4. Avoid Strategy Mistakes: In a 2012 Harvard Business Review post, Joan Magretta identified five common strategy mistakes that we believe derive from two common antecedents – lack of clarity and lack of focus. Become familiar with these mistakes so you can avoid them.

5. Move Past the Second Chasm: The most delicate yet most important action for a consultant is pointing out the elephant in the room, especially if it involves challenging the CEO to learn how and when to let go. “Crossing the second chasm does not call for securing a second beachhead. Instead, the challenge is personal: the CEO must modify the way the business operates without losing the uniqueness that created its initial successes.”

Start your year off with disciplined thinking and greatly improve your odds of success.

Happy New Year!

 

2012 CEO Resolution: Disciplined Dreaming!

During the holidays I focused far less on business and far more on family and friends. Pushing back from normal activities gave extra time for some creative thinking. High on my list was reading one of 2011’s top business books, Disciplined Dreaming.

Author Josh Linkner is a  successful serial entrepreneur.  Founder of ePrize, a dominant company in the promotions industry, he’s proven the value of tapping into the creativity of the every individual in his business. His book outlines various processes and techniques that encourage and enable innovation among employees.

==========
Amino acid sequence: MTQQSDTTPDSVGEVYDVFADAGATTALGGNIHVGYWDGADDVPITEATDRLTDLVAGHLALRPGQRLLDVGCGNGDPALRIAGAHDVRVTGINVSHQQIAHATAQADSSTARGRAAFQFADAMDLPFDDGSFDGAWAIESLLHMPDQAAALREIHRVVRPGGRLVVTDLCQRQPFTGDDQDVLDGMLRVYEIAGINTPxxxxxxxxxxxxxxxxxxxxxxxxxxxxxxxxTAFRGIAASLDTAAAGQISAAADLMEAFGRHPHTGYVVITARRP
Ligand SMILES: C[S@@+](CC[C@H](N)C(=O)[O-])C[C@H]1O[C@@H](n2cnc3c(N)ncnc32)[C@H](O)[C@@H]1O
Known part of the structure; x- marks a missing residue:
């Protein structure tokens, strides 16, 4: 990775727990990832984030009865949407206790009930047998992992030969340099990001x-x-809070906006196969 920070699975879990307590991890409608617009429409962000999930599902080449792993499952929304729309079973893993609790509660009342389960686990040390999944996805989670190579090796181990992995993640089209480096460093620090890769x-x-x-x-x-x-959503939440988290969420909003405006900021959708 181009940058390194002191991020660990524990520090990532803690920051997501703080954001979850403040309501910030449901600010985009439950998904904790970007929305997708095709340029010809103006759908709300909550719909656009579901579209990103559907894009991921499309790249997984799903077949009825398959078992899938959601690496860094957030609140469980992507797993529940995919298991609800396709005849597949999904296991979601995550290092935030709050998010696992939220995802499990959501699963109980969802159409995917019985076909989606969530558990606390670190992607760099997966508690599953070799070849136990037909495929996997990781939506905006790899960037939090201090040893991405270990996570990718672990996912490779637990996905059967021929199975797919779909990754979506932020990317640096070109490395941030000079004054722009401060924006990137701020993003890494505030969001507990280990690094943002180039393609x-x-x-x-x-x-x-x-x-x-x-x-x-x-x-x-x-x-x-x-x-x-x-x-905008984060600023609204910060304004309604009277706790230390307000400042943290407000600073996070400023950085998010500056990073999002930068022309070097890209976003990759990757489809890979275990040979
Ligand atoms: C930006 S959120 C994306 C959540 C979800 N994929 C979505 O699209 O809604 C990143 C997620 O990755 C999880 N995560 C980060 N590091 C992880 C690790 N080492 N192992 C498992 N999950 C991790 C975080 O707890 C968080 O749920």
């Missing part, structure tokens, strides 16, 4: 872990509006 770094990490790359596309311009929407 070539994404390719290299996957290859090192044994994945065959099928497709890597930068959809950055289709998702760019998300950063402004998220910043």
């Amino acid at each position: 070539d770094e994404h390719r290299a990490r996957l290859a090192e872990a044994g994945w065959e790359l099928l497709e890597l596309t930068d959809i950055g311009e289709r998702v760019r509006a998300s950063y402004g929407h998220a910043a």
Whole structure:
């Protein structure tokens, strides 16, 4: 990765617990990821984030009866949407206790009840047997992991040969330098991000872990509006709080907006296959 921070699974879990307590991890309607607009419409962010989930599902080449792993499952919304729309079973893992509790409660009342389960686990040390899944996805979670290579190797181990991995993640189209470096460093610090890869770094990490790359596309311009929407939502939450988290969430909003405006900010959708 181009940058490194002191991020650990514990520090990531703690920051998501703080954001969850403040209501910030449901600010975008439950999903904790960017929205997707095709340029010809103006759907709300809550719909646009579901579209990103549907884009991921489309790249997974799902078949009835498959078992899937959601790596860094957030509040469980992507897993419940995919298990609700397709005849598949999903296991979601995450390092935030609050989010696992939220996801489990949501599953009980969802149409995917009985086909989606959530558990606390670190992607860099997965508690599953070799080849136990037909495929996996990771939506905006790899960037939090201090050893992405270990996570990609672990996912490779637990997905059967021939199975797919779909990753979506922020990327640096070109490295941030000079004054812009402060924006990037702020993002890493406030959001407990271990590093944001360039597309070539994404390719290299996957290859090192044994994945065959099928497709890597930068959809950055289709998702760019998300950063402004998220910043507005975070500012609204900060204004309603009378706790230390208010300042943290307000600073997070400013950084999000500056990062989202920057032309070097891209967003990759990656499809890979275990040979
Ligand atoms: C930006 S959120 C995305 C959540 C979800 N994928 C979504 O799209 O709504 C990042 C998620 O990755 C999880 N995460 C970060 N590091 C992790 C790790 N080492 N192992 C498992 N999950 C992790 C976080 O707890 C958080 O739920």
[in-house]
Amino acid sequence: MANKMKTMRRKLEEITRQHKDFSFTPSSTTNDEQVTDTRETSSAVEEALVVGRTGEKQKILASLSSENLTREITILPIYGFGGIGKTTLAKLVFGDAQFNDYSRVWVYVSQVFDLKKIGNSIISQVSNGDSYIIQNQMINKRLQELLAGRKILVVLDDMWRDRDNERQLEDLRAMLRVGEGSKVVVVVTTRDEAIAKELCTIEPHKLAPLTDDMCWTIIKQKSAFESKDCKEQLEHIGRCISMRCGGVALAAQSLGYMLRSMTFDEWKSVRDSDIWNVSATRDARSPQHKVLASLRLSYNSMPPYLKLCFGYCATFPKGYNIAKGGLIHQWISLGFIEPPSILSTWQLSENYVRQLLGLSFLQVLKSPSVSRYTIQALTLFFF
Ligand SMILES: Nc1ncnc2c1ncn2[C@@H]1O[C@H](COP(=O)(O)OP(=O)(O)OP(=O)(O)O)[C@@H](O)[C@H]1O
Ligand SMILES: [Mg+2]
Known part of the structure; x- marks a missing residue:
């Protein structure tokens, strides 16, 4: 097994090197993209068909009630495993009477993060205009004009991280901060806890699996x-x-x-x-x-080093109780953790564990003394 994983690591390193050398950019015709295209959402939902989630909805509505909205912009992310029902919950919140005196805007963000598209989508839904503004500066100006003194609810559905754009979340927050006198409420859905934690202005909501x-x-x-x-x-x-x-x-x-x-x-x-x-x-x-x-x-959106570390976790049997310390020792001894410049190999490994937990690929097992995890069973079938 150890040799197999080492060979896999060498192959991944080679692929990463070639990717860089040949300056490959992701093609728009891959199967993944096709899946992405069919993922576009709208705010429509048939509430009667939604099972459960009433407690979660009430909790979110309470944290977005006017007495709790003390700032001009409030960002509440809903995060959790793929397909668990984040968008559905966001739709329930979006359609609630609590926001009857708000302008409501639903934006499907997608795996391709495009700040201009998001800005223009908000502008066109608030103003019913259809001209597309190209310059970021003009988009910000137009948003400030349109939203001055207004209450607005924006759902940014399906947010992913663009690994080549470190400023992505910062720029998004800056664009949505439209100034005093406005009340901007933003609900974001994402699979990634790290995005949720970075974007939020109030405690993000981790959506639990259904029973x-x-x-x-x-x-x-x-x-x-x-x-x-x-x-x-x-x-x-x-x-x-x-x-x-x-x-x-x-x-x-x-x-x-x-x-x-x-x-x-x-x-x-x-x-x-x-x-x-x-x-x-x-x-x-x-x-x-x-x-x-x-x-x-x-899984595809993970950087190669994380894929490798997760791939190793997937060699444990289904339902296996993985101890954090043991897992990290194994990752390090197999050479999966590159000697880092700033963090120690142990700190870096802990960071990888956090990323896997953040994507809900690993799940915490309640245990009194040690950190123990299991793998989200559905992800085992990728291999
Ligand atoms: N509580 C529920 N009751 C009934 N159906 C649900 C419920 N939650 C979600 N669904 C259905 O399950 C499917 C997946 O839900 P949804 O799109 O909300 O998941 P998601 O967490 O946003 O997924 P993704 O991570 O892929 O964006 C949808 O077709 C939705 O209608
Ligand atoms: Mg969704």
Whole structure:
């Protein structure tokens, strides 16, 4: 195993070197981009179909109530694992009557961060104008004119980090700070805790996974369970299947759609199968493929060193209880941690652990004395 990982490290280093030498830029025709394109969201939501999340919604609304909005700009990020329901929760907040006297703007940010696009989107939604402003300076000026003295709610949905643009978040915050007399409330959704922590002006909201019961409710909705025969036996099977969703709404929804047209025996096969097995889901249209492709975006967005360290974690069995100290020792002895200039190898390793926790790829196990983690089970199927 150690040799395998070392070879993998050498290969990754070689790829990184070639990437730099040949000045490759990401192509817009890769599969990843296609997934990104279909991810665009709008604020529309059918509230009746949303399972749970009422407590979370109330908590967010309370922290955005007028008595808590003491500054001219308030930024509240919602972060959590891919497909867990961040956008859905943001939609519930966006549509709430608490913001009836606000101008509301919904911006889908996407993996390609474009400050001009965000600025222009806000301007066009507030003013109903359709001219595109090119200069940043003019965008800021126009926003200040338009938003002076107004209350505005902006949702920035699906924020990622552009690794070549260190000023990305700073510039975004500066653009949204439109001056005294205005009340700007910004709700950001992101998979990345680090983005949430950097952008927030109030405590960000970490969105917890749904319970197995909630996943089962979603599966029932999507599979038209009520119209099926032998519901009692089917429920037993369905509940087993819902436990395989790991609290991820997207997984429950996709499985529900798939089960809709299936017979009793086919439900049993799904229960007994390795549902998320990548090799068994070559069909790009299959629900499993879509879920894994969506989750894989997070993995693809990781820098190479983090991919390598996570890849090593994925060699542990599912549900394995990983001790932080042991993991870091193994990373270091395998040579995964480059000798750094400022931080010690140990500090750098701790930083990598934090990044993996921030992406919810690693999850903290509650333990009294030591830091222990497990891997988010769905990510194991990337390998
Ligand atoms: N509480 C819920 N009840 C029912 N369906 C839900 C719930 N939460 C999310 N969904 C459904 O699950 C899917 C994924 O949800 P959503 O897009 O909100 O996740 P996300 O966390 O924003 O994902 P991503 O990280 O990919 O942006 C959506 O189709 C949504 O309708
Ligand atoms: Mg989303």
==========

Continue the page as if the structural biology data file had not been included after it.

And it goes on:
But what about the CEO? If the CEO doesn’t dream, the business doesn’t grow. Most business leaders find it easier to work in their business than on it, i.e. to handle urgent operational matters than to focus on important growth initiatives. Incorporating more creativity into a CEO’s schedule demands opening space for it.

Linkner suggests deliberately scheduling “heads-up” time for the creative process. He contrasts the differences between heads-up and heads-down operation:

The challenge in switching between heads-down and heads-up thinking is learning to use the analytical and creative sides of your brain simultaneously. Daniel Pink has suggested that the most successful 21st century ventures will be led by those who combine both modes of thinking, enabling them to spot patterns and trends faster than competitors. The result will be superior products, more relevant services, and higher market share.

The CEO who neglects creative thinking and stays in the comfort zone (solving operational issues and managing finances) falls behind competitors. It takes effort to break out of the zone, and it can require reaching outside the organization.  Successfully implementing the discipline to dream may require creating a network of friends who are regularly tapped for advice and who act as a sounding board. It means joining a group of like-minded CEOs (e.g., Vistage), or leveraging a special board member, or hiring a trusted advisor, or a combination.

Resolve that 2012 is going to be different for your business. Despite a challenging economy, it’s time to take it to the next step. Leave your comfort zone and grow your business by unleashing your own creativity and the creativity of your entire organization, and resolve to do it in a disciplined way.